Mom Susanne also doesn’t want her last name used because “it’s a touchy subject, and I don’t want hate mail.” She doesn’t recall how she got her chicken pox, but she’ll be attending a pox party if the situation arises, “when [her kids are] a little older.” She notes, however, that she’s already been invited.
She’s one of the few that have been invited. Pox party invites seem to lurk in secret Facebook groups, to which only the trusted are added. You have to be in the local Holistic Moms group, for example, for one mother in the know to add you, and then you get vetted by the pox party group admins — and found wanting, in the case of Rebecca Cartibiano, who never was admitted to the secret group that covers both Carolinas. She’s been invited to two pox parties, and never attended.
“It’s very hard to find pox,” says mom Michelle, who cites people contacting Social Services as reason enough not to give her last name. Her life, she says, is hard enough as it is. “I’ve only known of three get-togethers in fourteen years of looking, and for each of those, I was pregnant or had a young baby. One of the moms I know traveled out of state three times, three different exposures before the kids finally got chicken pox. This apparently isn't unusual.”
It seems like you need a combination of good luck and Facebook connections to find a pox party, or else a local outbreak that makes it practical to hold one. Only trusted anti-vaxxers are invited.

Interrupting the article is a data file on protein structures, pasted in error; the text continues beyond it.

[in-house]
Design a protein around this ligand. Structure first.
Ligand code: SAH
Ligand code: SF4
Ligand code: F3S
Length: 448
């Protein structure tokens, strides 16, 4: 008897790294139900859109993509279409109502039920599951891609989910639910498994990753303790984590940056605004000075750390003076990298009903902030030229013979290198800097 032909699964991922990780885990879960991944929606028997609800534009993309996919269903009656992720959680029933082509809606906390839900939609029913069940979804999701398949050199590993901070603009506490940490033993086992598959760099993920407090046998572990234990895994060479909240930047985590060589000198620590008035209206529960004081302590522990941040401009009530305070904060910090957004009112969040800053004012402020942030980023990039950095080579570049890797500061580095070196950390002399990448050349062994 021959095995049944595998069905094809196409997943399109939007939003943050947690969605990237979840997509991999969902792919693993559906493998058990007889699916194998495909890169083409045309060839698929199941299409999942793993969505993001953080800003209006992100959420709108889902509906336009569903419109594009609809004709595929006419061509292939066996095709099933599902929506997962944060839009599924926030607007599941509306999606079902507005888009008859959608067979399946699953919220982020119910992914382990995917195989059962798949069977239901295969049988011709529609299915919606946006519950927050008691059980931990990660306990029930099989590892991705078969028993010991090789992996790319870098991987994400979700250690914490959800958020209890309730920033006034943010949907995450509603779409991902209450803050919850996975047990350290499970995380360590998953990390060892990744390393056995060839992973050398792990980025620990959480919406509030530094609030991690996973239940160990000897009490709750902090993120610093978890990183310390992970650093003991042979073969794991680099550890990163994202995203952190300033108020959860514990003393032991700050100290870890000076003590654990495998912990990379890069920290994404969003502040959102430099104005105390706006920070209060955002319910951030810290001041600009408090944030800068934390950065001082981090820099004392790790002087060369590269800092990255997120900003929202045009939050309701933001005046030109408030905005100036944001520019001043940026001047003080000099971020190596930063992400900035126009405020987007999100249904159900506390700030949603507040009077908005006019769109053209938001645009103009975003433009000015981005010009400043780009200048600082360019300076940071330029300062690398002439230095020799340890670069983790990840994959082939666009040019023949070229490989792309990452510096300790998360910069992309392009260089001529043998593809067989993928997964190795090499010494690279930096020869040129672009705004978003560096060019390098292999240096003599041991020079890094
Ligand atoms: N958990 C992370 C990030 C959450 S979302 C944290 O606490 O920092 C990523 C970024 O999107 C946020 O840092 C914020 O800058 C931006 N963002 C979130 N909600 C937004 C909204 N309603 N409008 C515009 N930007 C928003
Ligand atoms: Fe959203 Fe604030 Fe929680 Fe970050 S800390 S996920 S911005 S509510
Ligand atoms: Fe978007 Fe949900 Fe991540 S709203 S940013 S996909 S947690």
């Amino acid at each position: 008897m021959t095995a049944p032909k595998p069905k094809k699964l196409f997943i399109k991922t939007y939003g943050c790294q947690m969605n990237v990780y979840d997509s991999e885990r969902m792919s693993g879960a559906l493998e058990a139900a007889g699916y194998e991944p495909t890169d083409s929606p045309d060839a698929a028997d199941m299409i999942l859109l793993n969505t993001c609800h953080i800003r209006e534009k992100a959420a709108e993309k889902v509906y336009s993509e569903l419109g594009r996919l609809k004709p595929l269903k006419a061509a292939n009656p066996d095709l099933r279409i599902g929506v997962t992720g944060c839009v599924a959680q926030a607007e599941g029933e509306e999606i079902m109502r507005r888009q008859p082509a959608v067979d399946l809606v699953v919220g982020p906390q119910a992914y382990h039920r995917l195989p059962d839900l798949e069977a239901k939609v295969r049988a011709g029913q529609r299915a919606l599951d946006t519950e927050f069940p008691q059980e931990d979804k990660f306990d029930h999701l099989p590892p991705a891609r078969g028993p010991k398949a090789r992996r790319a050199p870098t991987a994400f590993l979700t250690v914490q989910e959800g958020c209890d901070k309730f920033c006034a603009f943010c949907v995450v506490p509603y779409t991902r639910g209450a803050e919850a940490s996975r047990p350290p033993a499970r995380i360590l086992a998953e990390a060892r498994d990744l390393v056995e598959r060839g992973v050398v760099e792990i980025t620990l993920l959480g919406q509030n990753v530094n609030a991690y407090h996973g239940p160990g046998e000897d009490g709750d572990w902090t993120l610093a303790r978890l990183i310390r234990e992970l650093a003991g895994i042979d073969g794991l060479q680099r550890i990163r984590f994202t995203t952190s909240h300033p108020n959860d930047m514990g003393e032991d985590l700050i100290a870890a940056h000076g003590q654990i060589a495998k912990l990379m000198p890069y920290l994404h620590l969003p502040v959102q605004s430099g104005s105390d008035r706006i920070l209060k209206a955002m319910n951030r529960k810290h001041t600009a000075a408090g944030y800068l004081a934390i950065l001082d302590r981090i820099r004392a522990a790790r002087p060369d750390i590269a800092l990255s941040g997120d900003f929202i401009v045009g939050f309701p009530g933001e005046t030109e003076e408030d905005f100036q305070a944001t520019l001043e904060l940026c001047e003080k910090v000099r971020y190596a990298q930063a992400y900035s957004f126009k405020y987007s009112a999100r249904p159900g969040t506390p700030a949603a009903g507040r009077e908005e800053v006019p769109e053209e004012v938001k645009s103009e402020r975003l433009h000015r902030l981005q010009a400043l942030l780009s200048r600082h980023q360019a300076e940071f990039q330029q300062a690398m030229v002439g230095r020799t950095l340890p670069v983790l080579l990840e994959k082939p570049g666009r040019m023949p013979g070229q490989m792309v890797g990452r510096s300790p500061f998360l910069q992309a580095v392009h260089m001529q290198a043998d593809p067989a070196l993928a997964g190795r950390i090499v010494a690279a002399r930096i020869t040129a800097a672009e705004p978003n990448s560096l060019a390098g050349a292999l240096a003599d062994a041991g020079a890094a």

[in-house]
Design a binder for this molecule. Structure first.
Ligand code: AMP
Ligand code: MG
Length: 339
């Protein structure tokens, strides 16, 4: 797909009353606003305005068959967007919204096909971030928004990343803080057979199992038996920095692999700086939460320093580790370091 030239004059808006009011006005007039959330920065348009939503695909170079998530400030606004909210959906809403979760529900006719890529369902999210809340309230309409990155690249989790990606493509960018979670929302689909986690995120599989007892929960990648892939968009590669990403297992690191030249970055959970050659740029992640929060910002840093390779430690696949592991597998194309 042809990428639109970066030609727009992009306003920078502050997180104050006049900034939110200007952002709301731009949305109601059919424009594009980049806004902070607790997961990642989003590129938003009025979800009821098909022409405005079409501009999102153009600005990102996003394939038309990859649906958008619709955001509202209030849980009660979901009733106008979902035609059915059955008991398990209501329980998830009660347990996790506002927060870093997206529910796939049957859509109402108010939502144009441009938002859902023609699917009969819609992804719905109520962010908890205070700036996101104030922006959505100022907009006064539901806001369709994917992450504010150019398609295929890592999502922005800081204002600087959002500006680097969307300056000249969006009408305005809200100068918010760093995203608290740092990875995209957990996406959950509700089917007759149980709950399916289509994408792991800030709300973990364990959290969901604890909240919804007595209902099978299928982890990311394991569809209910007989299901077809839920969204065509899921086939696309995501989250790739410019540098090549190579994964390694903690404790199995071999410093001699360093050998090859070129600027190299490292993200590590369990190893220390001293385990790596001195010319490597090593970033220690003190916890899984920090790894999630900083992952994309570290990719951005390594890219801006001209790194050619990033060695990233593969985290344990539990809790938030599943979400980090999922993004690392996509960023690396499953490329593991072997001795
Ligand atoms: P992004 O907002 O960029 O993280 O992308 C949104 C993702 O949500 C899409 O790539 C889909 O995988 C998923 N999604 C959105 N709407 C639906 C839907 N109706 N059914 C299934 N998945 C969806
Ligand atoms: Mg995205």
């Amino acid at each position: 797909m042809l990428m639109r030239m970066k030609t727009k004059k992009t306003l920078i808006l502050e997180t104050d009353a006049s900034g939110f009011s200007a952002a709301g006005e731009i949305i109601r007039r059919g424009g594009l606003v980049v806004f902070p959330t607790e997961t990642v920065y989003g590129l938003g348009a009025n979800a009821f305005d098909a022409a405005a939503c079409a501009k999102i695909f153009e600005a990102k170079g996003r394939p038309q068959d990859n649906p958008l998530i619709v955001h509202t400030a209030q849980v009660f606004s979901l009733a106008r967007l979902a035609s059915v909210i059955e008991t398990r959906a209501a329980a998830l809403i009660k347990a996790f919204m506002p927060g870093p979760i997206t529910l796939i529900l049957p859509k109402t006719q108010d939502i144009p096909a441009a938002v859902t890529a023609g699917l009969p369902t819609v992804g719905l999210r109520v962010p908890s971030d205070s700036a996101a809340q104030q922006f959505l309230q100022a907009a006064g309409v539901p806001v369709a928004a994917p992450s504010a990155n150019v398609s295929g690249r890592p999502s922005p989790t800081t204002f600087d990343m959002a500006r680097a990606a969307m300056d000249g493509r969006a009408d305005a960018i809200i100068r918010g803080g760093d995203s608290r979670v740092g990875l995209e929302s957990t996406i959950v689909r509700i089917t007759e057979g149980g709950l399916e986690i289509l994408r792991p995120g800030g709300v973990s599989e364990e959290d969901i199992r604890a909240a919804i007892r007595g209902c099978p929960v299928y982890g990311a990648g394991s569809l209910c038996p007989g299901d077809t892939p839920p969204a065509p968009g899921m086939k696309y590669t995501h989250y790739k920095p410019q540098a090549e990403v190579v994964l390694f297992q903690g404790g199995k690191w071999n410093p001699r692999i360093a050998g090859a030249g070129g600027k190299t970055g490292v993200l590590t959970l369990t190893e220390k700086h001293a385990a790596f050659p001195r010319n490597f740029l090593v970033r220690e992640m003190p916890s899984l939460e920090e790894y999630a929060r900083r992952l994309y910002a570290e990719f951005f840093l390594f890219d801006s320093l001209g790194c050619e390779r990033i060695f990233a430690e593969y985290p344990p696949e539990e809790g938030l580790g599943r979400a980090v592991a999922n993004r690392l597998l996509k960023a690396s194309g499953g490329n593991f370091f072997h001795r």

With the rise of the anti-vaccination movement, and the coordination possible through Facebook, the number of pox parties available can only grow. Unfortunately, contracting the disease comes with all the risks of chicken pox, up to and including death. Vaccine risks, on the other hand, are low, and include contracting a mild version of the chicken pox (1 in 25); fever; febrile seizure (very rare); or pneumonia (also very rare).
Pox parties are still out there. Pinterest includes a pin on “How to Prep for a Pox Party” from Growing up Herbal: Canadian Family asks about “The Pros and Cons of Holding a Pox Party for Your Preschooler.”
"If any of you are choosing not to give your child the chicken pox vaccine, please let me know if your child acquires chicken pox so we can set up a chicken pox play date!" the article quotes a recent Meetup.com post saying. The anti-vax movement still promotes pox parties as a way to acquire immunity to the varicella virus as a child, rather than as an adult. As long as the anti-vaccine movement continues to grow, the number of intentional chicken pox infections will do the same.